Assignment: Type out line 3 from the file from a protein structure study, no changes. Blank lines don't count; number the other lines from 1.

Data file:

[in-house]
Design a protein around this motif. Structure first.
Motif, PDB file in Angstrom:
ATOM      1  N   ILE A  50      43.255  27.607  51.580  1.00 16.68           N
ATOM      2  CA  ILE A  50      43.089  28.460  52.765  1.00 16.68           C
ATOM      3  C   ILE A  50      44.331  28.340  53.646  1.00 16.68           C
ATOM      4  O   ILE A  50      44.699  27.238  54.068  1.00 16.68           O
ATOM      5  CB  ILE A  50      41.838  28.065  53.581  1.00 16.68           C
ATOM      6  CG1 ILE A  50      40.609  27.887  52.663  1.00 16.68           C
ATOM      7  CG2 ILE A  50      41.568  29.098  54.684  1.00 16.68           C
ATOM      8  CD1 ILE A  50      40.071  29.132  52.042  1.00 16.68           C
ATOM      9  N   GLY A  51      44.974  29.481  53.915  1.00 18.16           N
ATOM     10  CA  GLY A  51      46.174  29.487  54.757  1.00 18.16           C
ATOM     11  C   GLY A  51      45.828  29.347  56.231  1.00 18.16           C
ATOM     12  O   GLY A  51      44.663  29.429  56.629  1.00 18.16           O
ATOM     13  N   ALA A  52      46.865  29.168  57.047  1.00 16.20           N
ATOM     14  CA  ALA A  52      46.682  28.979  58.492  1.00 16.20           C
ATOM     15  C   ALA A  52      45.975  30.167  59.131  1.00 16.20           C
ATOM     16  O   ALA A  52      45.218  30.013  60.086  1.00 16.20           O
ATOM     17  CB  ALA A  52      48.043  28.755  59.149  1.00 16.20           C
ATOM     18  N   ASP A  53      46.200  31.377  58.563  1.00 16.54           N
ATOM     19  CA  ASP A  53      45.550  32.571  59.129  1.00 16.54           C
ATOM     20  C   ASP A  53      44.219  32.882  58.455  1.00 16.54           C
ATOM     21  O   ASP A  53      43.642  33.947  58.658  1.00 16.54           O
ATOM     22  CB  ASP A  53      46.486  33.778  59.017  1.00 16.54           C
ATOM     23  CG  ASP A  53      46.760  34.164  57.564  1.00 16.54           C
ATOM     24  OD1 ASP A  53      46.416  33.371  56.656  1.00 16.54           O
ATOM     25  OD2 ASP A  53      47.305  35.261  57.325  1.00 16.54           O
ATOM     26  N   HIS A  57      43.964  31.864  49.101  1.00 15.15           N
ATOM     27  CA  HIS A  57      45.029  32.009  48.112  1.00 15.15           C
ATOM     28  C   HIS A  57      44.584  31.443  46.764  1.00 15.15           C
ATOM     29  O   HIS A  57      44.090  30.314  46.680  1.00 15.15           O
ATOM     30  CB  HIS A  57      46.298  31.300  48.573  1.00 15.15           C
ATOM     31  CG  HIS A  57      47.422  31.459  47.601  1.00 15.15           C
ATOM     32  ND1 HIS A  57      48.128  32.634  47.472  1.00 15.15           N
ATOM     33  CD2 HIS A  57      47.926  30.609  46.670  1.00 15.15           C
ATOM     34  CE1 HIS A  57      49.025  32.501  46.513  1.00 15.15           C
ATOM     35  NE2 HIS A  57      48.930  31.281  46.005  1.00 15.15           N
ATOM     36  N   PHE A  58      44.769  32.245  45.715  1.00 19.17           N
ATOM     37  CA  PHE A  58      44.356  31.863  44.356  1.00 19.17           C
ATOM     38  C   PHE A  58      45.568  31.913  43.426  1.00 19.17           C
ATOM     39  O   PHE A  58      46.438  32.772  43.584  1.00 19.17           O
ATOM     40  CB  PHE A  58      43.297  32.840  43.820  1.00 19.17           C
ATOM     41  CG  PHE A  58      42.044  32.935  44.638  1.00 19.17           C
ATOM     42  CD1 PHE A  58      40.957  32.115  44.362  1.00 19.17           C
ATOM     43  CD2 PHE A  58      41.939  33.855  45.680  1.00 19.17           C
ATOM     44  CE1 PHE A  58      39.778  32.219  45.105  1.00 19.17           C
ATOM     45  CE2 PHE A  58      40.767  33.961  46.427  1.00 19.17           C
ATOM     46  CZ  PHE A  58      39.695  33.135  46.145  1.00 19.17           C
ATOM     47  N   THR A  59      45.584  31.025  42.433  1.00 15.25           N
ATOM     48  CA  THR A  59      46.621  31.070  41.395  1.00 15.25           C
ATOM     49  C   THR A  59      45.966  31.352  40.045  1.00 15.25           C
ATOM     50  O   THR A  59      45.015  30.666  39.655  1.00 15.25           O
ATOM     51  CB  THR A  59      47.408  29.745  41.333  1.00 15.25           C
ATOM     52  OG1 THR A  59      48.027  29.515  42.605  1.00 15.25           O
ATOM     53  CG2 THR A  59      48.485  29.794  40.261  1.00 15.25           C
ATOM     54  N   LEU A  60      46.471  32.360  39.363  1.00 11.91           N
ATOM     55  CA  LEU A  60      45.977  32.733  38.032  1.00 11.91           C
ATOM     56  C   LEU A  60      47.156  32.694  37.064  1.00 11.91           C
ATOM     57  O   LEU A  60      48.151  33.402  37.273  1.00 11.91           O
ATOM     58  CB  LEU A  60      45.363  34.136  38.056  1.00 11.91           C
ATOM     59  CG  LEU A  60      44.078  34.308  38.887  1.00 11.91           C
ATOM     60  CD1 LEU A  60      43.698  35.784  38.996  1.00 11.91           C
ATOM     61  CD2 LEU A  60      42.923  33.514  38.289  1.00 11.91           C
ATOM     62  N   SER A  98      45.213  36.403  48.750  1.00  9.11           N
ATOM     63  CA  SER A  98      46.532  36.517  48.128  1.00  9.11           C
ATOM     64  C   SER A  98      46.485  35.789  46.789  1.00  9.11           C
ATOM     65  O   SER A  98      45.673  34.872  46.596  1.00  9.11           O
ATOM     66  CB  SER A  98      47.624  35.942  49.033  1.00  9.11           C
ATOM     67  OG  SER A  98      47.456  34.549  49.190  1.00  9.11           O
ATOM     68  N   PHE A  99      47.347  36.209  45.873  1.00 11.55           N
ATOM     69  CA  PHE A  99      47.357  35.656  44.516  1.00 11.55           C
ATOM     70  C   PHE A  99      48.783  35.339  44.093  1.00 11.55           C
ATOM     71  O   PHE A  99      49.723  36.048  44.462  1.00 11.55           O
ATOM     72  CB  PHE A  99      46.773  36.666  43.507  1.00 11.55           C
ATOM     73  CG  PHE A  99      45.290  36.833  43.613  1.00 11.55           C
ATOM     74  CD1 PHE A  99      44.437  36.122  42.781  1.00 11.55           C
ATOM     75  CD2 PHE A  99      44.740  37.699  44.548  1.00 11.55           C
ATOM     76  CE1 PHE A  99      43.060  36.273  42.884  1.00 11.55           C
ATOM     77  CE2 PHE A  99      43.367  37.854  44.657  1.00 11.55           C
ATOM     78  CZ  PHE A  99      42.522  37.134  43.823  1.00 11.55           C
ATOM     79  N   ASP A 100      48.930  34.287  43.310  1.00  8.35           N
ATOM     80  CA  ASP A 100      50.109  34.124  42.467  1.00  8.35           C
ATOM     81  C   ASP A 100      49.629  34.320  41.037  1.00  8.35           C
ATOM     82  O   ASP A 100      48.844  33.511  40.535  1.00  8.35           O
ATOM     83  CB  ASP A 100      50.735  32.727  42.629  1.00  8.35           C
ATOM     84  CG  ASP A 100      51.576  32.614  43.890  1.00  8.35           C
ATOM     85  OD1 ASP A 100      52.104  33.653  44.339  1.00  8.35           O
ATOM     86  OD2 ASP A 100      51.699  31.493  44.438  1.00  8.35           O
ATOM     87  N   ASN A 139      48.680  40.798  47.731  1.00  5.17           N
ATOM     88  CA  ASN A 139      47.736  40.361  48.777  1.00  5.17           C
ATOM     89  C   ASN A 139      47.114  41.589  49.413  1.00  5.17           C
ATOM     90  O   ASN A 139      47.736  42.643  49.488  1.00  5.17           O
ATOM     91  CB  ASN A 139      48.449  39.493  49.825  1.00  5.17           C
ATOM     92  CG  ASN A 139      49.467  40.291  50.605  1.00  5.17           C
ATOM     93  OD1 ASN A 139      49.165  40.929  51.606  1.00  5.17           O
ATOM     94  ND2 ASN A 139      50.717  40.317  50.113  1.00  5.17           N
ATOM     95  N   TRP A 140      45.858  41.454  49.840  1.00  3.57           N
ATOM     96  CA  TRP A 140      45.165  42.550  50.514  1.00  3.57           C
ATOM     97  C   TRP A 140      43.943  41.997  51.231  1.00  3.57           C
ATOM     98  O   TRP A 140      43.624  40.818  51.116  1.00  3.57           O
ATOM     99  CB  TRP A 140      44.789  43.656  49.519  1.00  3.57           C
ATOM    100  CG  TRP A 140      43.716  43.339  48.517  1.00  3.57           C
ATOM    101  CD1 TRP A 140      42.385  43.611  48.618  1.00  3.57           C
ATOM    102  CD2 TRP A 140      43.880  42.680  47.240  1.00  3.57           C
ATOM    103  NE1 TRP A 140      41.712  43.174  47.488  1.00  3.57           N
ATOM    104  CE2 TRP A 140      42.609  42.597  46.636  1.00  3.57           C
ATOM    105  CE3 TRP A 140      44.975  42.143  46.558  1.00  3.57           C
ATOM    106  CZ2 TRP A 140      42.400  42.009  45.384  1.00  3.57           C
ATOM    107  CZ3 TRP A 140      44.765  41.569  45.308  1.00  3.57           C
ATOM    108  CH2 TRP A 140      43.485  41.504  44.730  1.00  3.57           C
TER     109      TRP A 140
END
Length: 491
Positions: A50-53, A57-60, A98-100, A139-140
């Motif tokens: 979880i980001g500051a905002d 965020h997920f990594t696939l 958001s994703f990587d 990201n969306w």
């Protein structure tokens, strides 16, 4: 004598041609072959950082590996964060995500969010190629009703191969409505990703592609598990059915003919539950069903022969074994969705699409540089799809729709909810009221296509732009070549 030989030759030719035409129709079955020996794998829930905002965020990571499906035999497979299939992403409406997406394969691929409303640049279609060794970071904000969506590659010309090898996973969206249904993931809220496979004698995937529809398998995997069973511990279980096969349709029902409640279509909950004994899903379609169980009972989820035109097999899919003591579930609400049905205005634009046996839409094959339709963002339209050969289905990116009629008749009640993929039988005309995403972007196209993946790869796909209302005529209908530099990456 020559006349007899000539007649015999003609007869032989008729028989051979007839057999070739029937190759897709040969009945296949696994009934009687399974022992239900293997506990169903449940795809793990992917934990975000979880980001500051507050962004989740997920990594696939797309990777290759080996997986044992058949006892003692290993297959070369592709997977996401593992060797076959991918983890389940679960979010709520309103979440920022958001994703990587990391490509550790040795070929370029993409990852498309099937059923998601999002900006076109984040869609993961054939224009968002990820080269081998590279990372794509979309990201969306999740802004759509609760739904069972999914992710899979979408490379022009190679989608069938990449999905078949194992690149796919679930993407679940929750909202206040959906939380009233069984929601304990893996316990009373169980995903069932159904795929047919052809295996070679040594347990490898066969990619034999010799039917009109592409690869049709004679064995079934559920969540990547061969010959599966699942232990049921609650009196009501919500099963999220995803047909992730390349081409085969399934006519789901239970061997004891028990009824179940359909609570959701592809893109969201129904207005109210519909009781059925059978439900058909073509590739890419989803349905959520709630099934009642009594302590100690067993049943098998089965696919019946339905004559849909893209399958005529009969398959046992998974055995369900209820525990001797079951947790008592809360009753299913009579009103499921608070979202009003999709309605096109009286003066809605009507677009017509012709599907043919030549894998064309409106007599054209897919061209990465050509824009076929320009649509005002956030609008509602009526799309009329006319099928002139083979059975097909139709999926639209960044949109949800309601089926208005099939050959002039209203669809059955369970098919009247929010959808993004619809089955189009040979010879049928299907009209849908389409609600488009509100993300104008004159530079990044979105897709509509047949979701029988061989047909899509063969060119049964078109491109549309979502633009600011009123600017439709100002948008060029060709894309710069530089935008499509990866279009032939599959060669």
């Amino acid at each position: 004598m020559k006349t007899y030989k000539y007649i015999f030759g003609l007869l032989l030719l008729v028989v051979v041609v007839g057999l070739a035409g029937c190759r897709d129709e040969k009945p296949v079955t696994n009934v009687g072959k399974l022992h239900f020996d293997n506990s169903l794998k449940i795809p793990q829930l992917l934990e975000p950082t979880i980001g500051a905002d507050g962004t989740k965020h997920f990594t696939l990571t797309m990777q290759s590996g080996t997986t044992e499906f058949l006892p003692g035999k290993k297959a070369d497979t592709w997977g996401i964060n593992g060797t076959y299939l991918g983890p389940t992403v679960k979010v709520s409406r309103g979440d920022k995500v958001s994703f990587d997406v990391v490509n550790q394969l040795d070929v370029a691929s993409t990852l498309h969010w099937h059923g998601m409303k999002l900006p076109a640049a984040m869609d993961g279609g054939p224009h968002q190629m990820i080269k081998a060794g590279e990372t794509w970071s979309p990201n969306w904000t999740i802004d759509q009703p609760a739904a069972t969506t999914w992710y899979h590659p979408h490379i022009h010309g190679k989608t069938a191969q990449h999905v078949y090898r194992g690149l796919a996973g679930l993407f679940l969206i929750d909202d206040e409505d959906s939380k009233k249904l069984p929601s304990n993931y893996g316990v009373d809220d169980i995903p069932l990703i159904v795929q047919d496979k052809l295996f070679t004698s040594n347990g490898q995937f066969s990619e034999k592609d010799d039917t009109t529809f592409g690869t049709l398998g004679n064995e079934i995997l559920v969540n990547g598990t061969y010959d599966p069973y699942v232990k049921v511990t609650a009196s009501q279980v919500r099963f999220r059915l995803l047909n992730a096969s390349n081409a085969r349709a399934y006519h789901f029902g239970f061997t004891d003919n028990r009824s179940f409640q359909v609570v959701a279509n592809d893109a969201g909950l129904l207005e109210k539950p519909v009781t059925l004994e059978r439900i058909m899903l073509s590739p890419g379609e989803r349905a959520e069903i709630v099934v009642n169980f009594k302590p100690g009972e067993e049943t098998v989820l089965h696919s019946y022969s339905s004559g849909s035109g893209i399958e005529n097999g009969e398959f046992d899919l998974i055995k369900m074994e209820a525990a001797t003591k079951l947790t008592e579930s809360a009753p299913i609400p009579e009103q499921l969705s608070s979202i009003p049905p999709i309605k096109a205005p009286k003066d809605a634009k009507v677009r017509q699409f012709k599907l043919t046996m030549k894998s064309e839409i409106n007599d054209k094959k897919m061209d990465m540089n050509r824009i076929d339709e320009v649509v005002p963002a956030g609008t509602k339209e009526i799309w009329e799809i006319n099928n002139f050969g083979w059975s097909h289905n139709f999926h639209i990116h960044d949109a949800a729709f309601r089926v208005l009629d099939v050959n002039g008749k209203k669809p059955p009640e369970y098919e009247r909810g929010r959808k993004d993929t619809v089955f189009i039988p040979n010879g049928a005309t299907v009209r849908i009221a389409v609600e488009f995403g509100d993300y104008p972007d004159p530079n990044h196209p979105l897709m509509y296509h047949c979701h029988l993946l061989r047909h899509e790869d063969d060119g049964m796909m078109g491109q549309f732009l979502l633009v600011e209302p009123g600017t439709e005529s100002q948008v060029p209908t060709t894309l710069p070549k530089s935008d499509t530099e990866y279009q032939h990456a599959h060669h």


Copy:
Motif, PDB file in Angstrom: